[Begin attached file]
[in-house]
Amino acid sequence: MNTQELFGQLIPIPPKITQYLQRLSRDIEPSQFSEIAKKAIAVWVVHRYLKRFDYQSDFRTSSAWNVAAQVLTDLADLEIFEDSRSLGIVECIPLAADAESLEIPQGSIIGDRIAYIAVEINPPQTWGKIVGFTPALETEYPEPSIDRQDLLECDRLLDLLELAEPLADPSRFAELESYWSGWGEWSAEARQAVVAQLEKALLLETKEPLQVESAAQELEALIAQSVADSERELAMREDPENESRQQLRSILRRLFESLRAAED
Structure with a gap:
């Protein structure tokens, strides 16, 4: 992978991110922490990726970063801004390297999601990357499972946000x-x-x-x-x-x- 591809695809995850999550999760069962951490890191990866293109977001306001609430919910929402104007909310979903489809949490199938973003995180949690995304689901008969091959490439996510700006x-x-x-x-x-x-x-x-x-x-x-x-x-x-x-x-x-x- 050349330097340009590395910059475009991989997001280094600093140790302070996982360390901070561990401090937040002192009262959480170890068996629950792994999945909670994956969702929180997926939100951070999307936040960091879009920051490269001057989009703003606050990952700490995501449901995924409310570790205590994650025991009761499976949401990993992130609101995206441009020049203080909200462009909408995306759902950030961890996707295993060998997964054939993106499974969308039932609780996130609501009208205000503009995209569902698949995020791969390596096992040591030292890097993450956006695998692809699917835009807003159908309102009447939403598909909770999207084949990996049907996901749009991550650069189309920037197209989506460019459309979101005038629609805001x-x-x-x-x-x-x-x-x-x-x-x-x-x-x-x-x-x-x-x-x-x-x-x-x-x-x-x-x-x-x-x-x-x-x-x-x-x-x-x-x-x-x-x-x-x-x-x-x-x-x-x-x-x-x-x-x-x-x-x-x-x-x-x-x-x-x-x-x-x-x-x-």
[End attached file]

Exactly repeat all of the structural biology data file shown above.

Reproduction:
[in-house]
Amino acid sequence: MNTQELFGQLIPIPPKITQYLQRLSRDIEPSQFSEIAKKAIAVWVVHRYLKRFDYQSDFRTSSAWNVAAQVLTDLADLEIFEDSRSLGIVECIPLAADAESLEIPQGSIIGDRIAYIAVEINPPQTWGKIVGFTPALETEYPEPSIDRQDLLECDRLLDLLELAEPLADPSRFAELESYWSGWGEWSAEARQAVVAQLEKALLLETKEPLQVESAAQELEALIAQSVADSERELAMREDPENESRQQLRSILRRLFESLRAAED
Structure with a gap:
């Protein structure tokens, strides 16, 4: 992978991110922490990726970063801004390297999601990357499972946000x-x-x-x-x-x- 591809695809995850999550999760069962951490890191990866293109977001306001609430919910929402104007909310979903489809949490199938973003995180949690995304689901008969091959490439996510700006x-x-x-x-x-x-x-x-x-x-x-x-x-x-x-x-x-x- 050349330097340009590395910059475009991989997001280094600093140790302070996982360390901070561990401090937040002192009262959480170890068996629950792994999945909670994956969702929180997926939100951070999307936040960091879009920051490269001057989009703003606050990952700490995501449901995924409310570790205590994650025991009761499976949401990993992130609101995206441009020049203080909200462009909408995306759902950030961890996707295993060998997964054939993106499974969308039932609780996130609501009208205000503009995209569902698949995020791969390596096992040591030292890097993450956006695998692809699917835009807003159908309102009447939403598909909770999207084949990996049907996901749009991550650069189309920037197209989506460019459309979101005038629609805001x-x-x-x-x-x-x-x-x-x-x-x-x-x-x-x-x-x-x-x-x-x-x-x-x-x-x-x-x-x-x-x-x-x-x-x-x-x-x-x-x-x-x-x-x-x-x-x-x-x-x-x-x-x-x-x-x-x-x-x-x-x-x-x-x-x-x-x-x-x-x-x-």